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First day of Rowan County Early College sparks excitement for students, teachers

SALISBURY — Loud chatter and cheers could be heard in the Rowan-Cabarrus Community College auditorium Wednesday morning.

“You guys are excited to be here, aren’t you?” said Principal Patrick Hosey during Rowan County Early College’s opening assembly for the new school year.

The early college program has been operating at RCCC for 11 years.

Through the school, high school students are able to earn a diploma and associate degree, all while experiencing what college is like. The high school students sign up for classes and learn how to manage their time just like college students do.

Students enter early college as freshmen and continue through their senior year. As freshmen, most of their work is high school courses, but as they advance to junior and senior years, they begin to add more general education college courses to their workload.

By the time students finish the program, they have not only earned a high school diploma but also an associate degree. Students participate in their own high school graduation, as well as the community college graduation.

To apply for early college, students must fill out an application and write an essay. After those are reviewed, students are interviewed by early college teachers. They are then randomly selected through a lottery process.

Rorie Jenkins, a junior, moved excitedly around the auditorium before the assembly began, talking to teachers and peers and introducing herself to freshmen.

Jenkins heard about early college when she was in middle school and was encouraged by her guidance counselor to pursue the opportunity. Jenkins said she loves the fast pace of early college and the relationships she has built at the school.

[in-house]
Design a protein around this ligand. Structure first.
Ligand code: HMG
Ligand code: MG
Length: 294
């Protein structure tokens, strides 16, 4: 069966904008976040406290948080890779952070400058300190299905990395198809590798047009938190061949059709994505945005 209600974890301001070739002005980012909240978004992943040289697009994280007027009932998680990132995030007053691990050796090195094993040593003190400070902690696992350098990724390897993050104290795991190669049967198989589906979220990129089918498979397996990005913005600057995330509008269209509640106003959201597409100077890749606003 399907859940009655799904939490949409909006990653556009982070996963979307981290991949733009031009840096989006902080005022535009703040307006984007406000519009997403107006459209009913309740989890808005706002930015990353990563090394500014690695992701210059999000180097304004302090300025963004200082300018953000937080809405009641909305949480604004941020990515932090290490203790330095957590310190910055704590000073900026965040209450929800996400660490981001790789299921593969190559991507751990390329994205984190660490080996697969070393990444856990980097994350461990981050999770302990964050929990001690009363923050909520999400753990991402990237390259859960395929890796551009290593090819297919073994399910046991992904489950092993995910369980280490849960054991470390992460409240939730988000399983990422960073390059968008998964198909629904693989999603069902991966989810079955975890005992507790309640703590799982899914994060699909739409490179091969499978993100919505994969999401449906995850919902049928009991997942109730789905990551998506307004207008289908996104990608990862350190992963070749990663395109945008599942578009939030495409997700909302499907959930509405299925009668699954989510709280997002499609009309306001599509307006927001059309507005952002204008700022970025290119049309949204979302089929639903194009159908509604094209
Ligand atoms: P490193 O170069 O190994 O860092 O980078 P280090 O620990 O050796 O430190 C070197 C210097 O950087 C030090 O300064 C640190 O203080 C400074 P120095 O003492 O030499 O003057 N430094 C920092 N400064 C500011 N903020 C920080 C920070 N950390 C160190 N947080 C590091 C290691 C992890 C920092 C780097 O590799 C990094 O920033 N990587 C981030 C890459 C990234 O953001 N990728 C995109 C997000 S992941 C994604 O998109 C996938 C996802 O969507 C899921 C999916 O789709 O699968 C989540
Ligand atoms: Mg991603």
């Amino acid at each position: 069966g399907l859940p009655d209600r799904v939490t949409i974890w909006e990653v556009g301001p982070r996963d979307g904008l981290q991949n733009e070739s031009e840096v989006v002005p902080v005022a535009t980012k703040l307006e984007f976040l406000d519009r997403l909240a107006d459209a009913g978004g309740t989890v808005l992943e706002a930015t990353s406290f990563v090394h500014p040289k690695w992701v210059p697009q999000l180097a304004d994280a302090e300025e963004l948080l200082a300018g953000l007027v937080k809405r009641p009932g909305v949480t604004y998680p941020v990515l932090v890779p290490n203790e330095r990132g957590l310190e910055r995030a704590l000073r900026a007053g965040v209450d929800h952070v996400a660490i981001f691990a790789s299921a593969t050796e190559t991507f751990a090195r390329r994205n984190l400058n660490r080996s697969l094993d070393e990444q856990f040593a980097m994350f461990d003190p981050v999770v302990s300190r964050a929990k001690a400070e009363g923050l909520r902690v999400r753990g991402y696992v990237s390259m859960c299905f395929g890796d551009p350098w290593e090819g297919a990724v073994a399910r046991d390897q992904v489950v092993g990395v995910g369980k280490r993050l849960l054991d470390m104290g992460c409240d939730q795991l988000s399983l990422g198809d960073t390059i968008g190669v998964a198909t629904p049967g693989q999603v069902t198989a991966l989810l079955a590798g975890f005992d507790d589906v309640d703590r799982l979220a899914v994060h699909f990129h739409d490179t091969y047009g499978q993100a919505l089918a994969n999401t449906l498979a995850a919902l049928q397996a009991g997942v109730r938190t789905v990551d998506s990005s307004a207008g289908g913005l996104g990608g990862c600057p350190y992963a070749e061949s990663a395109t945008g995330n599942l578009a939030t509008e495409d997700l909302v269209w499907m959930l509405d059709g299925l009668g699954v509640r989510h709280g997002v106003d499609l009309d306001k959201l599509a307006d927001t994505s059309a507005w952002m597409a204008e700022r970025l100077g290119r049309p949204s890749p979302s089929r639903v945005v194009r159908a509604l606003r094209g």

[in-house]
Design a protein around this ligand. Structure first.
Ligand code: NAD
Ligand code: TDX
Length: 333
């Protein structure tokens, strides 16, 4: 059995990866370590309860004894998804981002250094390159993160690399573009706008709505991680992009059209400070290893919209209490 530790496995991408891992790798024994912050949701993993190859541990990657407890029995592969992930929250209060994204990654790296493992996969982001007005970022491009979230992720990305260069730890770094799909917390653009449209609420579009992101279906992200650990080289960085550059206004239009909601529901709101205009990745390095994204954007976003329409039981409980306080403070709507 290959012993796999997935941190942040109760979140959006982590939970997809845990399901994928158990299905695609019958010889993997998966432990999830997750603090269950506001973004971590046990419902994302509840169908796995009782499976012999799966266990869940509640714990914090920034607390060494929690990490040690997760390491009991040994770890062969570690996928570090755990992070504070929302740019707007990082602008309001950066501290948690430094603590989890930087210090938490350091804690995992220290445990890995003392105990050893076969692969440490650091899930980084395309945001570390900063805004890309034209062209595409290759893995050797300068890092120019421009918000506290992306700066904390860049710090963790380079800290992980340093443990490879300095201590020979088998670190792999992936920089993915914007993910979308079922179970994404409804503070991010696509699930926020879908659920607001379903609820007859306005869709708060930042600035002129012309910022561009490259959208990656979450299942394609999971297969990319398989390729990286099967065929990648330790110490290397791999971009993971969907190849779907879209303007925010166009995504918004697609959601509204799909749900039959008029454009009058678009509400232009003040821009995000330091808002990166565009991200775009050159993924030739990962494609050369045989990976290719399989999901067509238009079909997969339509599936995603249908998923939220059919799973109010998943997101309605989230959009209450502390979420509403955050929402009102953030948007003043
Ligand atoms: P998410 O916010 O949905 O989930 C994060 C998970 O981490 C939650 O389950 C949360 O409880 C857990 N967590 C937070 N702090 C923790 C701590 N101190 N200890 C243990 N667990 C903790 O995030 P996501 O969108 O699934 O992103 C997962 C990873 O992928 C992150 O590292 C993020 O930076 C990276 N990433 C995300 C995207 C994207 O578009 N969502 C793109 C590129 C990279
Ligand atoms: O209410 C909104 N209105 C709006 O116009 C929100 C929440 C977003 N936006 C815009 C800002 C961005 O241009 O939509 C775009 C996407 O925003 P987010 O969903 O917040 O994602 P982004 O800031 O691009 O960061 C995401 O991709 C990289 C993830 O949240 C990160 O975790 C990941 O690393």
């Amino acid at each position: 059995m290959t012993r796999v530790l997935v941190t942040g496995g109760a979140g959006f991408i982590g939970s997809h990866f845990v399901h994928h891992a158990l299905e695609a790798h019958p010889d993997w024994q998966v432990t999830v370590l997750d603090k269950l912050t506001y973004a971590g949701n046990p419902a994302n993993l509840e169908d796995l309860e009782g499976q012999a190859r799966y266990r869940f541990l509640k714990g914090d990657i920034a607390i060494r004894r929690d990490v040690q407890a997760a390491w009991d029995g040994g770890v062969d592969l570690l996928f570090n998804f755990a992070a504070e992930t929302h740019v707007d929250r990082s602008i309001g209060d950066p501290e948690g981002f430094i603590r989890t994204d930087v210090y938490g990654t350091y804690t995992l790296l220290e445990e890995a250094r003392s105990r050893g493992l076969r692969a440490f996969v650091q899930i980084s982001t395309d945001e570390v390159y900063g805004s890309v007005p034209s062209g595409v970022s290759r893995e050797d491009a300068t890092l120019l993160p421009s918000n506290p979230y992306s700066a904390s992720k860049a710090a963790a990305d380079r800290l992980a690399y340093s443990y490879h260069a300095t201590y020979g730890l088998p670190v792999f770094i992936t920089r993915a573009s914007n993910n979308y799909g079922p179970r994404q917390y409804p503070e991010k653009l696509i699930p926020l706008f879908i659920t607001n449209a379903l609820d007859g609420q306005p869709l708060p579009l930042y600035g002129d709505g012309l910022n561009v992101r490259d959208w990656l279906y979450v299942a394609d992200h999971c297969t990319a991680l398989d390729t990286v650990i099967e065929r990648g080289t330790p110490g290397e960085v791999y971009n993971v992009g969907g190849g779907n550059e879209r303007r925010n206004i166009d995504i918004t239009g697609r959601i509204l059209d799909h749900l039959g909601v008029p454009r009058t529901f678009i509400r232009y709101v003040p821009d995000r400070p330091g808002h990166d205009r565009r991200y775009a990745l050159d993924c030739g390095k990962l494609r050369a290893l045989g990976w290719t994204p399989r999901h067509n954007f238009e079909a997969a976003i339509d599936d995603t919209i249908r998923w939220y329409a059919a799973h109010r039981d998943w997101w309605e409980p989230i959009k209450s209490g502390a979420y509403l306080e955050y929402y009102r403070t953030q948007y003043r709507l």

Jenkins said early college has given her practical tools for her life outside college. She said that along with her normal classes, she has participated in seminars about how to do taxes, how to apply for college, and how to write a cover letter, as well as learning interviewing skills.

“The staff here really cares,” said Jenkins.

History teacher Theresa Pierce said early college has many benefits for students such as cultivating personal creativity and deep relationships with teachers that last all four years of high school.

“If you are into something, you’re allowed to pursue it,” said Pierce.

Pierce said it is rewarding to see students who are passionate about learning and building relationships with the teachers.

“The kids tell me I’m like a grandmother to them, and I take that as a compliment,” said Pierce with a laugh.

Principal Hosey has been at the school for three years. He said that recently Rowan County Early College has been working to cultivate a sense of school spirit. Last year, students acquired a spirit rock for the school.

Hosey said the benefits of early college are endless. Students earn two degrees, learn about college etiquette such as emailing teachers and having respect in the classroom, and are given academic freedom in an encouraging and welcoming environment.

During the assembly, Hosey spoke to the students about being motivated and academically responsible.

“You chose a path that’s very different, but you chose it for a reason … I ask that you take that and run with it,” said Hosey.








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